A Berkeley View of Systems Challenges for AI

Boban Zarkovich

With the increasing commoditization of computer vision, speech recognition and machine translation systems and the widespread deployment of learning-based back-end technologies such as digital advertising and intelligent infrastructures, AI (Artificial Intelligence) has moved from research labs to production. These changes have been made possible by unprecedented levels of data and computation, by methodological advances in machine learning, by innovations in systems software and architectures, and by the broad accessibility of these technologies.

The next generation of AI systems promises to accelerate these developments and increasingly impact our lives via frequent interactions and making (often mission-critical) decisions on our behalf, often in highly personalized contexts. Realizing this promise, however, raises daunting challenges. In particular, we need AI systems that make timely and safe decisions in unpredictable environments, that are robust against sophisticated adversaries, and that can process ever increasing amounts of data across organizations and individuals without compromising confidentiality. These challenges will be exacerbated by the end of the Moore’s Law, which will constrain the amount of data these technologies can store and process. In this paper, we propose several open research directions in systems, architectures, and security that can address these challenges and help unlock AI’s potential to improve lives and society.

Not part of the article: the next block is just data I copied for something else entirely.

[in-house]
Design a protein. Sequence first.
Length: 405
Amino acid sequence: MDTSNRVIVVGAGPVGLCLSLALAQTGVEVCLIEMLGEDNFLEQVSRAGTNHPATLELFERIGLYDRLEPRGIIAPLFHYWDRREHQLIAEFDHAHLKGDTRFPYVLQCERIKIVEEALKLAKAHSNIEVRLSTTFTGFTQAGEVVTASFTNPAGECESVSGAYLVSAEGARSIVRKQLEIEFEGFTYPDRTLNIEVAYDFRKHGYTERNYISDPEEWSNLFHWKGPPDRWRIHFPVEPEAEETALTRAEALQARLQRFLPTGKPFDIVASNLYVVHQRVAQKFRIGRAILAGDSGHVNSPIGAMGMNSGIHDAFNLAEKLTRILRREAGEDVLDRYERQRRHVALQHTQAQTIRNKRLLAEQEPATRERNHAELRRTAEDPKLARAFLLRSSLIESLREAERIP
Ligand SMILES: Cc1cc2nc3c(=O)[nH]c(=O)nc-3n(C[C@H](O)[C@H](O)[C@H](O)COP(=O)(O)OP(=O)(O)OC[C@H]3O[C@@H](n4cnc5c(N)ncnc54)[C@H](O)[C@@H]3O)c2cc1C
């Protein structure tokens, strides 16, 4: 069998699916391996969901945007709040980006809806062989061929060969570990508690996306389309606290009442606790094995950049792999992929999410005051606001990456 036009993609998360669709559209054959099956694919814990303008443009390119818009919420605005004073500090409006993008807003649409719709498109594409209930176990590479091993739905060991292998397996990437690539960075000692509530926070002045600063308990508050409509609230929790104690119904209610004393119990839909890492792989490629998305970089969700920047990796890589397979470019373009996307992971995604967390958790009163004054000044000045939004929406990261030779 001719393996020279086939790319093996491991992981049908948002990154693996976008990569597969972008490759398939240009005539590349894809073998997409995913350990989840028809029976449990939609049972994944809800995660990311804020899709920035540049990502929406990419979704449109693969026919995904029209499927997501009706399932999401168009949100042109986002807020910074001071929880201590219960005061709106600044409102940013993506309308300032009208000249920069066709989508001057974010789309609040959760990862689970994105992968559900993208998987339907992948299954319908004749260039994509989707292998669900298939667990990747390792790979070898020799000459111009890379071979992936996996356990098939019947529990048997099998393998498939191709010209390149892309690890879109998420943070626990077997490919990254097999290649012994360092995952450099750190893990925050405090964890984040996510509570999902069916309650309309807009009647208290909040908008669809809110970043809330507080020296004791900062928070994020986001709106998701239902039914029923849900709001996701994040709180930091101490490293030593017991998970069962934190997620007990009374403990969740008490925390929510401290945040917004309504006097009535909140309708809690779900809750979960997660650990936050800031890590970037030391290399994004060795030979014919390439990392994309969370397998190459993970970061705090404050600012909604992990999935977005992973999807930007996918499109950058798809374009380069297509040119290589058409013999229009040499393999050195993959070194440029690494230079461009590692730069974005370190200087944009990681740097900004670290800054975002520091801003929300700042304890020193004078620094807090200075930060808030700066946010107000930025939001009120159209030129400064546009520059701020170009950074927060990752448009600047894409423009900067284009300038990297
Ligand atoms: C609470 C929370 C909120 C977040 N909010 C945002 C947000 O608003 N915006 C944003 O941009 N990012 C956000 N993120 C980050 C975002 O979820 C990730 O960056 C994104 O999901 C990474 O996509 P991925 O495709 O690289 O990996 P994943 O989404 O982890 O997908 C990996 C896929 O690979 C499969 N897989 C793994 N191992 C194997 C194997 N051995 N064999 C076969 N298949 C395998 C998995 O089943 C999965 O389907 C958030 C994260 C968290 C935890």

Published On: October 16, 2017

Presented At/In: UC Berkeley EECS Technical Report

Link: https://www2.eecs.berkeley.edu/Pubs/TechRpts/2017/EECS-2017-159.pdf

Authors: Ion Stoica, Dawn song, Raluca Ada Popa, Dave Patterson, Michael Mahoney, Randy Katz, Anthony Joseph, Michael Jordan, Joe Hellerstein, et al.